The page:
>>> l = list(range(10))
>>> l
[0, 1, 2, 3, 4, 5, 6, 7, 8, 9]
>>> l[-1]
>>> l[~0]
>>> l[~1]
>>> l[~2]
>>> l[-0]

Python has two ways to index arrays (in python called Lists) from the end. You can use a minus sign, starting at 1, or a tilde, starting at 0. Nice! I will be using this a lot from now on, it avoids bugs where you index -0 as in the last example above.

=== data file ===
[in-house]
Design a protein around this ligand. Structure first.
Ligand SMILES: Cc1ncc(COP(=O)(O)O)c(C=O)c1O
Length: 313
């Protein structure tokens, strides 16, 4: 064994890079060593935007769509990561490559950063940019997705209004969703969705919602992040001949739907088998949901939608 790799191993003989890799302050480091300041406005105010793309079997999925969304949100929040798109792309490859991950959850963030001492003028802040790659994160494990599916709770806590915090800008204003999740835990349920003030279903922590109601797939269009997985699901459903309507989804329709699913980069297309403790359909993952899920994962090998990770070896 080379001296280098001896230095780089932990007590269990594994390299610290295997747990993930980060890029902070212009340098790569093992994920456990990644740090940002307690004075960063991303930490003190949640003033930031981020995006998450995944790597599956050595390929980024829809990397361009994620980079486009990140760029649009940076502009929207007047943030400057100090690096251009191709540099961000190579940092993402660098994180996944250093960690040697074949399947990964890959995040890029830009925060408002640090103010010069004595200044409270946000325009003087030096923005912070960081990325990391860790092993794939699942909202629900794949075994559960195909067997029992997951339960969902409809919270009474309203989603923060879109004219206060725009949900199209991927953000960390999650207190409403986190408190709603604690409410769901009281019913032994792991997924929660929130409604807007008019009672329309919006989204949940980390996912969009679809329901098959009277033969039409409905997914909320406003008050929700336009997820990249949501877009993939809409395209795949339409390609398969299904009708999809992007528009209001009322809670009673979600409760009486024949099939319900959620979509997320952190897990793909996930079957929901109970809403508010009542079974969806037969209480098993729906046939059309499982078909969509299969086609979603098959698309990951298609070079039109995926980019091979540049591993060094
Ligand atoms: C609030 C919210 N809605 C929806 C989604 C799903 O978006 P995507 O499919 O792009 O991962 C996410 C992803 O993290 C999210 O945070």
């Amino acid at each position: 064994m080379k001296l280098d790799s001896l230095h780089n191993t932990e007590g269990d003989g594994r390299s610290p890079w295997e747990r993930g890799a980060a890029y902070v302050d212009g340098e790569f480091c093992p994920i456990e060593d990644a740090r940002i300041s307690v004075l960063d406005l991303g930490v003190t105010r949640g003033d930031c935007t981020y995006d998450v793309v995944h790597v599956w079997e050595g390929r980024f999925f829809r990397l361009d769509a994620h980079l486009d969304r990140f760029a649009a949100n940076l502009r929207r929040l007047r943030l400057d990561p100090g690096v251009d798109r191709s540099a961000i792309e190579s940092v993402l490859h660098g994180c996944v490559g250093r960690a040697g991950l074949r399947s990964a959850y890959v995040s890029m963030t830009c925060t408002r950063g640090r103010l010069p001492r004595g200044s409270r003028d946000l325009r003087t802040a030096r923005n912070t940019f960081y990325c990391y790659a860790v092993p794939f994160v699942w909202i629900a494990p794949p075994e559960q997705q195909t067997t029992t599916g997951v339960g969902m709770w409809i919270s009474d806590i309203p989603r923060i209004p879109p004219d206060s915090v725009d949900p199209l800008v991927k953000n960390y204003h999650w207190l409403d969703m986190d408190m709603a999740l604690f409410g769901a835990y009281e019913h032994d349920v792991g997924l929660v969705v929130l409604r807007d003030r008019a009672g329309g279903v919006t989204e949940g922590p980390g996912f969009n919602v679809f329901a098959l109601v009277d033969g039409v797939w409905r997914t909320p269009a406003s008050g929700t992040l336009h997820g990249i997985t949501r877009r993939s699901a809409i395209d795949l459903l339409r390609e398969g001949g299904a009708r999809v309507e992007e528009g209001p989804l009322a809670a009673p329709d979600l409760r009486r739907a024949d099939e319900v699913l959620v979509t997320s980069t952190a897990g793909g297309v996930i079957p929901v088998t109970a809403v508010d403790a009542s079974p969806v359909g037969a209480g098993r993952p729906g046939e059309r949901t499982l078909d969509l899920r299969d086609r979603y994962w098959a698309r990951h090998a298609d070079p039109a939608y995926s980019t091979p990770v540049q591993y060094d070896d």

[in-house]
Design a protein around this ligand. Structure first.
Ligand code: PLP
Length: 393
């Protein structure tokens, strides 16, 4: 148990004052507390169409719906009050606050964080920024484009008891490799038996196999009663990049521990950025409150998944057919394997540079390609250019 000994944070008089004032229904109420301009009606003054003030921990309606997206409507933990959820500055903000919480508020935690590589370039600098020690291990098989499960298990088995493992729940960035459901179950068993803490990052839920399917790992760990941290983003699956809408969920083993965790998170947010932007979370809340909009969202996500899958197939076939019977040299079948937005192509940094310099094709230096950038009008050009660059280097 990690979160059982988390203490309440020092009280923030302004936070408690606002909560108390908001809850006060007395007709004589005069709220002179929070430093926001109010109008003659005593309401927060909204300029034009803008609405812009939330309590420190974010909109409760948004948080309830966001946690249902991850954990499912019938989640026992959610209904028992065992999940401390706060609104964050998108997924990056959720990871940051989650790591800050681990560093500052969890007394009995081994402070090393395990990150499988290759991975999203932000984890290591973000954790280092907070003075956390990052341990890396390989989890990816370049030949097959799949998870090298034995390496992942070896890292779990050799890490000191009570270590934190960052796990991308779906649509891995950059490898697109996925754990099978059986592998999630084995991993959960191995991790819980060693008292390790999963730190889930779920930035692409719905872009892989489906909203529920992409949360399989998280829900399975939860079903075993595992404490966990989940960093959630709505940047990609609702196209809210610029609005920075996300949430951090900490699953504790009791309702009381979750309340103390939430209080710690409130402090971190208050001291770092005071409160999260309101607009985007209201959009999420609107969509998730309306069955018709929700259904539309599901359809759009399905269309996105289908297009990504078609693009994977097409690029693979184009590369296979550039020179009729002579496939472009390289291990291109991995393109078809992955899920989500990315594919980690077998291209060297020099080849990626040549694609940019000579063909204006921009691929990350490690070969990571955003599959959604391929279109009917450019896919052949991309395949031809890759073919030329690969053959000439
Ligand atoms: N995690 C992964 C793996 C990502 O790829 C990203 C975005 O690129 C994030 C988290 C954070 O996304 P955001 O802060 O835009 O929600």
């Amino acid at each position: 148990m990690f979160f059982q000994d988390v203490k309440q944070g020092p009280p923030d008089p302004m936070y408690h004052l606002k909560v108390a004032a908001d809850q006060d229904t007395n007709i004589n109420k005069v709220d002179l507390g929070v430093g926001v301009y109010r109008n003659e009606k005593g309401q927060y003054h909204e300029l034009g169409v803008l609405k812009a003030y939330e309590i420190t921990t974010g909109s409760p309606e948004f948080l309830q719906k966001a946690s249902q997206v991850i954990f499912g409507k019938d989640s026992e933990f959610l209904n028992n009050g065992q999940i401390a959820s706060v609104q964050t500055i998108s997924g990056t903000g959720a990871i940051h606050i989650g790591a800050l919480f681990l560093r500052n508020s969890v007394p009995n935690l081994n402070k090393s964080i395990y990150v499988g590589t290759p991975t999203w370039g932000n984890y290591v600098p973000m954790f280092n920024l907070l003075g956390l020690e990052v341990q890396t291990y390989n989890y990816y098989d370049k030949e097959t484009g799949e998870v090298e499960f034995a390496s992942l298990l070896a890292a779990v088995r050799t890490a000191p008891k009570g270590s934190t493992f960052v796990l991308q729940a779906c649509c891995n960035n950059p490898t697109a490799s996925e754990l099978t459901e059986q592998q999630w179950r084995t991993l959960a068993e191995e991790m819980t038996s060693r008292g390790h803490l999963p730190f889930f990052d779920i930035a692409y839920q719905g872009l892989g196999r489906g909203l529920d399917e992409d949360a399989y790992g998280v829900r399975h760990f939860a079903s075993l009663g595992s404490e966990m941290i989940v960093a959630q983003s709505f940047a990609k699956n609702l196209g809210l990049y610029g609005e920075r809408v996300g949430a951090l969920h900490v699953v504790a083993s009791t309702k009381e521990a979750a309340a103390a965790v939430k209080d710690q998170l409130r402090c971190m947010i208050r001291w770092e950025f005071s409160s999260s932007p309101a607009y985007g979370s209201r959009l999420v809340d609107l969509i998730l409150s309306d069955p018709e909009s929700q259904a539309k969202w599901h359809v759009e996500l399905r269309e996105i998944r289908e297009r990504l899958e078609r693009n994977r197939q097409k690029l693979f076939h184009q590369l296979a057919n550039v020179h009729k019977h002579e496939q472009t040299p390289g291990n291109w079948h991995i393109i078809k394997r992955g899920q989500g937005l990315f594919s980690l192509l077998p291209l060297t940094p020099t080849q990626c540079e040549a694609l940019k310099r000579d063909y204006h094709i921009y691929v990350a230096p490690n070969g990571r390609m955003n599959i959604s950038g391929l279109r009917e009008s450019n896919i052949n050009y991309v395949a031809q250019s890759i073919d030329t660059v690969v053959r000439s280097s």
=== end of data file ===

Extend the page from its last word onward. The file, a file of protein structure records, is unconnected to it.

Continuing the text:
What’s happening behind the scenes here is that the ~ operator on an integer inverts all of the bits (making the number negative) and subtracts 1. A handy coincidence.

From the python docs:

The unary ~ (invert) operator yields the bitwise inversion of its integer argument. The bitwise inversion of x is defined as -(x+1). It only applies to integral numbers.

Python Docs